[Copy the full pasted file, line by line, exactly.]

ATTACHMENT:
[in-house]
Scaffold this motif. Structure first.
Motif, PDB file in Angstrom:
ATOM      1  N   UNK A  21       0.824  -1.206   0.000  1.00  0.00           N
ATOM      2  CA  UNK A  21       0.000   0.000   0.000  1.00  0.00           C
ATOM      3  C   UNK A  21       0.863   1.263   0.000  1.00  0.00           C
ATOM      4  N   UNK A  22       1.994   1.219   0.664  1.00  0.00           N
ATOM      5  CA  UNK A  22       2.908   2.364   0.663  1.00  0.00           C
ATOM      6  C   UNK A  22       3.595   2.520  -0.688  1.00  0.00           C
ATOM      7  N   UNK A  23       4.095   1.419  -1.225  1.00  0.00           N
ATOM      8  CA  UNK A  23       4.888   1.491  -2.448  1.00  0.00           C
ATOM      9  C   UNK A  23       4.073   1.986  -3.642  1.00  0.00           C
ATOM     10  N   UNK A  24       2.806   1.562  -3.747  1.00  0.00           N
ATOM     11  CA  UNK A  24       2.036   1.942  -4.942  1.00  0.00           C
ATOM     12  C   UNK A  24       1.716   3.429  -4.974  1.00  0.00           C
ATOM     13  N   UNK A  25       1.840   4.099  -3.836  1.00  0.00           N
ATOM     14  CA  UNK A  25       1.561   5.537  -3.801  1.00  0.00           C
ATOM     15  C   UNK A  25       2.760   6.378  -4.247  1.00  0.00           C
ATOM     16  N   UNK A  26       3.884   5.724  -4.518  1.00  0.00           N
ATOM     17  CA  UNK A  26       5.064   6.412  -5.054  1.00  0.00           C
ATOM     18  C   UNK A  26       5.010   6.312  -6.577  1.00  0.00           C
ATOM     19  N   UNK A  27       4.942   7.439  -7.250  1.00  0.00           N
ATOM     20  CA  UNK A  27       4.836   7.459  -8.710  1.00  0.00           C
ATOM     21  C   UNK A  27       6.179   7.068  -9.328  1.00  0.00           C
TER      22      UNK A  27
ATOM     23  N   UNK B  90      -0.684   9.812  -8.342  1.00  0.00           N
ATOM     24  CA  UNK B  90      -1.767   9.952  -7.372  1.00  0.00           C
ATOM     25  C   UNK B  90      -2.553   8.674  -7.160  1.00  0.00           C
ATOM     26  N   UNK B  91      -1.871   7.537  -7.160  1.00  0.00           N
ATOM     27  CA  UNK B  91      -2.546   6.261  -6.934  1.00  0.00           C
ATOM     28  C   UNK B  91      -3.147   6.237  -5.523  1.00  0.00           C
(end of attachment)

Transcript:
[in-house]
Scaffold this motif. Structure first.
Motif, PDB file in Angstrom:
ATOM      1  N   UNK A  21       0.824  -1.206   0.000  1.00  0.00           N
ATOM      2  CA  UNK A  21       0.000   0.000   0.000  1.00  0.00           C
ATOM      3  C   UNK A  21       0.863   1.263   0.000  1.00  0.00           C
ATOM      4  N   UNK A  22       1.994   1.219   0.664  1.00  0.00           N
ATOM      5  CA  UNK A  22       2.908   2.364   0.663  1.00  0.00           C
ATOM      6  C   UNK A  22       3.595   2.520  -0.688  1.00  0.00           C
ATOM      7  N   UNK A  23       4.095   1.419  -1.225  1.00  0.00           N
ATOM      8  CA  UNK A  23       4.888   1.491  -2.448  1.00  0.00           C
ATOM      9  C   UNK A  23       4.073   1.986  -3.642  1.00  0.00           C
ATOM     10  N   UNK A  24       2.806   1.562  -3.747  1.00  0.00           N
ATOM     11  CA  UNK A  24       2.036   1.942  -4.942  1.00  0.00           C
ATOM     12  C   UNK A  24       1.716   3.429  -4.974  1.00  0.00           C
ATOM     13  N   UNK A  25       1.840   4.099  -3.836  1.00  0.00           N
ATOM     14  CA  UNK A  25       1.561   5.537  -3.801  1.00  0.00           C
ATOM     15  C   UNK A  25       2.760   6.378  -4.247  1.00  0.00           C
ATOM     16  N   UNK A  26       3.884   5.724  -4.518  1.00  0.00           N
ATOM     17  CA  UNK A  26       5.064   6.412  -5.054  1.00  0.00           C
ATOM     18  C   UNK A  26       5.010   6.312  -6.577  1.00  0.00           C
ATOM     19  N   UNK A  27       4.942   7.439  -7.250  1.00  0.00           N
ATOM     20  CA  UNK A  27       4.836   7.459  -8.710  1.00  0.00           C
ATOM     21  C   UNK A  27       6.179   7.068  -9.328  1.00  0.00           C
TER      22      UNK A  27
ATOM     23  N   UNK B  90      -0.684   9.812  -8.342  1.00  0.00           N
ATOM     24  CA  UNK B  90      -1.767   9.952  -7.372  1.00  0.00           C
ATOM     25  C   UNK B  90      -2.553   8.674  -7.160  1.00  0.00           C
ATOM     26  N   UNK B  91      -1.871   7.537  -7.160  1.00  0.00           N
ATOM     27  CA  UNK B  91      -2.546   6.261  -6.934  1.00  0.00           C
ATOM     28  C   UNK B  91      -3.147   6.237  -5.523  1.00  0.00           C